This Is Annoying

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  • Topic: Depth perception, Binocular vision, Eye
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  • Published : January 29, 2013
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Depth Perception is Affected by Disturbing Binocular Vision Erica Roemhild, Department of Biology, University of Massachusetts Dartmouth eroemhild@umassd.edu, 508-991-0165 Absract: Depth perception in humans can be impeded by disturbing binocular vision. Disturbance (e.g. covering one of two eyes with an eye patch) should impede hand-eye coordination. This statement was tested on 19 human subjects under two experimental conditions: binocular vision and monocular vision. When tested for monocular vision, subjects were to cover their right eye with an eye patch and place as many paper clips, with first their right hand and then later their left hand, in an Erlenmeyer flask placed at arm distance on the lab bench within 30 seconds. The same procedure was followed under the binocular vision but this time the subjects did not have to cover their right eye.Table 1 summarizes all of the data collected from all of the subjects ( observed values). Table 2 shows the “expected values” of vision impedance on the human subjects’ depth perception. Tables 3 and 4 show a contingency table with observed, expected, and summation values. Figure 1 shows the mean number of paper clips placed through binocular and monocular vision on either hands. Monocular vision had a fewer number of successful attempts versus binocular vision. Binocular vision allows for proper depth perception, an important adaptations for organisms like humans, who need to ambulate bipedally, hunt, forage, go up stairs, avoid holes in the ground, the ability to see your environment with a wider perception and not have to be always turning your head to look at something, and to see your environment around you when you are trying to escape from a predator. Hypothesis: There is a difference between depth perception through monocular vision and depth perception through binocular vision. Table 1. Effect of vision disturbance on human subjects’ depth perception. the effect was measured as number of paper clips successfully added to a flask during monocular vs. binocular vision. Name| Monocular| | Binocular| | |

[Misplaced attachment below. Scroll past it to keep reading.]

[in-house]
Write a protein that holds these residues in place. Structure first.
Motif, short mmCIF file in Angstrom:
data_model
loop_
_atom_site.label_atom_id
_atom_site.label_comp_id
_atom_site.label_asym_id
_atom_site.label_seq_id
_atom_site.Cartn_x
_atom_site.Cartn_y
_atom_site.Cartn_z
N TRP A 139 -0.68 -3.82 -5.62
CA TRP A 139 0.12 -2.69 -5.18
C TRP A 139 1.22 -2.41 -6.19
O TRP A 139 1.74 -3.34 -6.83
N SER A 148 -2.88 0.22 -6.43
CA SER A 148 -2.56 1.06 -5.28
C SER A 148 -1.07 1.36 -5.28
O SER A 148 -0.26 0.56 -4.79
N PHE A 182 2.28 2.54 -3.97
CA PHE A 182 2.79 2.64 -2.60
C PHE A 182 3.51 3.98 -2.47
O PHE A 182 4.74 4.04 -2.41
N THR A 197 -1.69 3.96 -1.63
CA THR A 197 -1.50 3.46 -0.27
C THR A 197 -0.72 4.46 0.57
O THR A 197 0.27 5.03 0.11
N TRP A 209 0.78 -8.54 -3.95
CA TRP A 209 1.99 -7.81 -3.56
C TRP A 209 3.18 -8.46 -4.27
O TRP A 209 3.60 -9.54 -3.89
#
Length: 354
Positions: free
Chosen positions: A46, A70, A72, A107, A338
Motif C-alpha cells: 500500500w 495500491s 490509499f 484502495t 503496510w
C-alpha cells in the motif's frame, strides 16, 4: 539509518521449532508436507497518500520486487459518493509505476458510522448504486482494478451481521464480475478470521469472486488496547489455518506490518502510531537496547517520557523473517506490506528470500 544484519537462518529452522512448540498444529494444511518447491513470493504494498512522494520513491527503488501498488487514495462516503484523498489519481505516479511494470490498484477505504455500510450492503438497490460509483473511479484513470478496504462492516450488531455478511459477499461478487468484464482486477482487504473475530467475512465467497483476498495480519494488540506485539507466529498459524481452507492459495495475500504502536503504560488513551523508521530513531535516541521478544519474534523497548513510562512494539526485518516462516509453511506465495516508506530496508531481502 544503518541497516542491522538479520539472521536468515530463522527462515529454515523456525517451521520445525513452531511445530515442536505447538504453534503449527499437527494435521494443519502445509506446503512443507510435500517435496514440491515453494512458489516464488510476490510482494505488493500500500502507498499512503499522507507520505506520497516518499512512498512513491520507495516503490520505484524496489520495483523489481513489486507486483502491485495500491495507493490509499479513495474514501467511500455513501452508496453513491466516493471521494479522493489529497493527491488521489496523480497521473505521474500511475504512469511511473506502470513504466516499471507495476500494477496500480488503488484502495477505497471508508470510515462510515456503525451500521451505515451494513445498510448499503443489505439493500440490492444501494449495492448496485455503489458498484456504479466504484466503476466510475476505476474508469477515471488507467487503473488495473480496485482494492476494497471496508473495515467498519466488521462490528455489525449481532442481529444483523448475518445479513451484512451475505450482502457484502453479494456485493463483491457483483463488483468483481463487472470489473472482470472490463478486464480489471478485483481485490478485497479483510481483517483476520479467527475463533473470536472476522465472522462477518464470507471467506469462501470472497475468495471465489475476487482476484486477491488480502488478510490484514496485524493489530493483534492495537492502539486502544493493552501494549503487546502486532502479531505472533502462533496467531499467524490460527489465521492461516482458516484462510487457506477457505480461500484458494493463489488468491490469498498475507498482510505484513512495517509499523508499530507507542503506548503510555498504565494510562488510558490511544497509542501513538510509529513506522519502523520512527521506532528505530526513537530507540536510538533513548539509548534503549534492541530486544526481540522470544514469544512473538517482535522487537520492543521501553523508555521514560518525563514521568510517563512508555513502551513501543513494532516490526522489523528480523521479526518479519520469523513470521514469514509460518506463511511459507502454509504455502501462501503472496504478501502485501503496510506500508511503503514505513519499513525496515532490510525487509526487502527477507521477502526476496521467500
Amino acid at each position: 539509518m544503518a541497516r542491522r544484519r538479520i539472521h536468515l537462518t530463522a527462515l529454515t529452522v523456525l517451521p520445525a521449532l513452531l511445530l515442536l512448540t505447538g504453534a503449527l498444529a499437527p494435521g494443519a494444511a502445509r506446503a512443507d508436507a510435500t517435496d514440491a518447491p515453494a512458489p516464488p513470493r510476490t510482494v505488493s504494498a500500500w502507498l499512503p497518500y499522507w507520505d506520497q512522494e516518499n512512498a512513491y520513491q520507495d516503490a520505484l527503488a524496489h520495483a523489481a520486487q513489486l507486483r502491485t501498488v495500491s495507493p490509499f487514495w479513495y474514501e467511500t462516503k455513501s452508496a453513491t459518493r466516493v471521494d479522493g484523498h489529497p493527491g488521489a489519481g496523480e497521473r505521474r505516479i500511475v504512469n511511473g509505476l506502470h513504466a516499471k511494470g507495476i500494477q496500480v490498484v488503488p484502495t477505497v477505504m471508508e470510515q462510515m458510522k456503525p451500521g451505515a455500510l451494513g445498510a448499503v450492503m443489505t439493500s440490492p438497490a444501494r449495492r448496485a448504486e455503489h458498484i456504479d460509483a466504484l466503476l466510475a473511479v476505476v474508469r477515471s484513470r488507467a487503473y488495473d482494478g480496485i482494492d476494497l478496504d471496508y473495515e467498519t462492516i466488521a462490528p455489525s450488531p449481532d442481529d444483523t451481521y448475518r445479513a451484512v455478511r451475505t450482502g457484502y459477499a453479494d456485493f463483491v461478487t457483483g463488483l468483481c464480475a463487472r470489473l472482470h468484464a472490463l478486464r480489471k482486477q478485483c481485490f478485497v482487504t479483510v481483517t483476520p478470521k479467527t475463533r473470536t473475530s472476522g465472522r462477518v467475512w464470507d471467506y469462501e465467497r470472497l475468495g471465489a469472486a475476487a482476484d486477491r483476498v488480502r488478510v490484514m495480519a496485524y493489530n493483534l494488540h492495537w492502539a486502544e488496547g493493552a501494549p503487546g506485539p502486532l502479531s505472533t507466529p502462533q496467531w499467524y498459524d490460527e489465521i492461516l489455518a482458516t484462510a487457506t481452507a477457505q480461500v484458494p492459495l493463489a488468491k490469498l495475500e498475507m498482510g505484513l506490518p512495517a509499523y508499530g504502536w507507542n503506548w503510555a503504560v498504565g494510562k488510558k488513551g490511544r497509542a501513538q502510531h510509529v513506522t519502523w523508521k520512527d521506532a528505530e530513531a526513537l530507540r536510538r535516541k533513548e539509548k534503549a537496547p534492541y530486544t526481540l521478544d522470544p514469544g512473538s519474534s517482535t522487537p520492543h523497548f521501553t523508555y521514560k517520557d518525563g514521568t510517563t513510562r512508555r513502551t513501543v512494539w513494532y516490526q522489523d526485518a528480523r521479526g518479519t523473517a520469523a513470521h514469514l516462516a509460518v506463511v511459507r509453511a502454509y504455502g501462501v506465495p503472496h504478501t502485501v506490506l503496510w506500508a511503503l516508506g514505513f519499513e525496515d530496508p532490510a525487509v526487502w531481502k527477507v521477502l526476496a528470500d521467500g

| Right| Left| Right| Left| Total Row|
Grace| 17| 21| 24| 23| 85 |
Hayat| 21| 19| 23| 21| 84 |
Shifa| 24| 27| 23| 26| 100 |
Stephen| 29| 31| 35| 33| 128 |
Jordan| 22| 28| 21| 26| 97 |
Sarah| 24| 21| 30| 28| 103 |
Lauren| 17| 18| 19| 20| 74 |
Christine| 27| 25| 26| 23| 101 |
Barbara| 23| 15| 20| 20| 78 |
William| 18| 16| 15| 14| 63 |
jamison| 20| 18| 18| 15| 71 |
Erica| 19| 20| 24| 20| 83 |
collark| 20| 19| 23| 22| 84 |
nina| 20| 23| 23| 20| 86 |
mariano| 17| 16| 17| 15| 65 |
syzanre| 20| 16| 22| 22| 80 |
joshwa| 16| 16| 17| 16| 65 |
kate| 20| 22| 17| 23| 82 |
cary| 15| 17| 21| 20| 70 |
Total Columns | 389 | 388 | 418 | 407 | 1602 | | | | | | Grand Total|

Figure 1. Mean number of paper clips added to a flask during binocular versus monocular vision testing. ( Chi-square = 13.49 , df= 54, P0.05).

Data Source for Figure 1.

Hand| Mean Number of Paper Clips|
Right Hand Monocular Vision| 20.4736842105263|
Left Hand Monocular Vision| 20.421052631579|
Right Hand Binocular Vision| 22|
Left Hand Binocular Vision| 21.421052631579|

Table 2. “ Expected Values” of vision impedance on human subjects’ depth perception.

| Monocular| | Binocular| | |
| Right| Left| Right| Left| Row Data fromTable 1|
| 20.63982521| 20.58676654| 22.1785268414482| 21.5948813982522| 85| | 20.39700375| 20.34456928| 21.9176029962547| 21.3408239700375| 84| | 24.282314732| 24.21972534| 26.0923845193508| 25.4057428214732| 100| | 31.08114856| 31.00124843| 33.398252184769| 32.5193508114856| 128| | 23.5536829| 23.49313358|...
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